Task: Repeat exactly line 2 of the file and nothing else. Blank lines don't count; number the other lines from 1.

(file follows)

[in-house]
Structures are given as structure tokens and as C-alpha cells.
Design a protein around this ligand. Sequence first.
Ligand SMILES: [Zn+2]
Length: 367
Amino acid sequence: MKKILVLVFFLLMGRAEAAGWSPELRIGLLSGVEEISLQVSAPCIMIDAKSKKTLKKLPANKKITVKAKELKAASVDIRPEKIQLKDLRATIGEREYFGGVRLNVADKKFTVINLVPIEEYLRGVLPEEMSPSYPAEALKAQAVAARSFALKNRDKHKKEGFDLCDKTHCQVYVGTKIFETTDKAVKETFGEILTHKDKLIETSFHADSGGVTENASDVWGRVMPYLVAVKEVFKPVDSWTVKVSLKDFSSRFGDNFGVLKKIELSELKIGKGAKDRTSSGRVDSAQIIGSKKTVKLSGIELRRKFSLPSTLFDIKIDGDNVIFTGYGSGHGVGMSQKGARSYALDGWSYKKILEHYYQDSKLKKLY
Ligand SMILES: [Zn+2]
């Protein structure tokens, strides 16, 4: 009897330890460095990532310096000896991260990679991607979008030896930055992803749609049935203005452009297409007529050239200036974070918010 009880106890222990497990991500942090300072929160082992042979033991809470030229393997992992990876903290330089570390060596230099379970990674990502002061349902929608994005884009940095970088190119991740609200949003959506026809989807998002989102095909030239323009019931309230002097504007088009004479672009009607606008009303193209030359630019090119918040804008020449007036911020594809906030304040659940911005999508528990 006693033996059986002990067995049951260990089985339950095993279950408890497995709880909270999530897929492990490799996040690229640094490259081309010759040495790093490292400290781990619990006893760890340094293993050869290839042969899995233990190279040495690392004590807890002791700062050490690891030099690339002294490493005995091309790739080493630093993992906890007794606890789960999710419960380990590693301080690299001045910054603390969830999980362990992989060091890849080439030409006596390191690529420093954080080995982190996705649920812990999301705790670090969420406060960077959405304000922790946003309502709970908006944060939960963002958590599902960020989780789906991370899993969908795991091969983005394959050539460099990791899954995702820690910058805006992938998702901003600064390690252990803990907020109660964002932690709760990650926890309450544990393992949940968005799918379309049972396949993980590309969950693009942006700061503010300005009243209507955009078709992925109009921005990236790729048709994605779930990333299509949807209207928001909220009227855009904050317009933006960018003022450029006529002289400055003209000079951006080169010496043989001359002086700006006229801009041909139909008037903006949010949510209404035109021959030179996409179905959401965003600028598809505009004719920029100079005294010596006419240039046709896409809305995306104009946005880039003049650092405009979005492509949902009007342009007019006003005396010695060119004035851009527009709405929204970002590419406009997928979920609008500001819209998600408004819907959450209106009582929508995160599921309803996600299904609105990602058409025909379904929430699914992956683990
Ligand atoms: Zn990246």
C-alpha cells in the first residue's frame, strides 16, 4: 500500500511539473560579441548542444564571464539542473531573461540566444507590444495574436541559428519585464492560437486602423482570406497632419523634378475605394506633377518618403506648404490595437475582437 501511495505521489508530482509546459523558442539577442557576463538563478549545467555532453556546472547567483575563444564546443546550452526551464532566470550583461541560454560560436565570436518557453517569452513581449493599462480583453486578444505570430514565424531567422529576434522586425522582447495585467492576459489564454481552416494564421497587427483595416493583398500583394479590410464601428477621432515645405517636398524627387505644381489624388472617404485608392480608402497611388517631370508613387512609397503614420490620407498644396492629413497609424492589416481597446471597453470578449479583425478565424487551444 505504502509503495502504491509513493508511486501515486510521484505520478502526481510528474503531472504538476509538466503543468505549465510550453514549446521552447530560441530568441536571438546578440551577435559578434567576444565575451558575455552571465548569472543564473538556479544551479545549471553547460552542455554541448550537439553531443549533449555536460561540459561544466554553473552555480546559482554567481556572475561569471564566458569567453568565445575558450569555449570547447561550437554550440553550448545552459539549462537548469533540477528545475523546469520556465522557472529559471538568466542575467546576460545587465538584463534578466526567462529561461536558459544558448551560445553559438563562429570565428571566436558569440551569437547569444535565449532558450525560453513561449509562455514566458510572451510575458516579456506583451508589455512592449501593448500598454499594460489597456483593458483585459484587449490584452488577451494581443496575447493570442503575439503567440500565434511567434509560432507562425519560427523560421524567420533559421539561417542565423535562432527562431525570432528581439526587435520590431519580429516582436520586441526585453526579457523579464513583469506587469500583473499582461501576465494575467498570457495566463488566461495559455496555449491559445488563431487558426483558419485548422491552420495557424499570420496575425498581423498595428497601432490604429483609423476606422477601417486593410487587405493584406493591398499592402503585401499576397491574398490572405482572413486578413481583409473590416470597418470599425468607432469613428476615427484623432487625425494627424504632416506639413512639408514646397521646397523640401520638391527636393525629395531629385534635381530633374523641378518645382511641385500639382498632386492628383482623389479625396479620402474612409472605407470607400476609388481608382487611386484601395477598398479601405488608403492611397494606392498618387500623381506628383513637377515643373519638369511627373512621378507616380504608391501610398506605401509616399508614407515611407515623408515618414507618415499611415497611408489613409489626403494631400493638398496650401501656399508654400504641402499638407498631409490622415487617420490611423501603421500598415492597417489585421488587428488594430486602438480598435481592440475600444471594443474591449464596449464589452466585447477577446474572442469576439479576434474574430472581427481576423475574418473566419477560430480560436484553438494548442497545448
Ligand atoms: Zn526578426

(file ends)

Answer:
Structures are given as structure tokens and as C-alpha cells.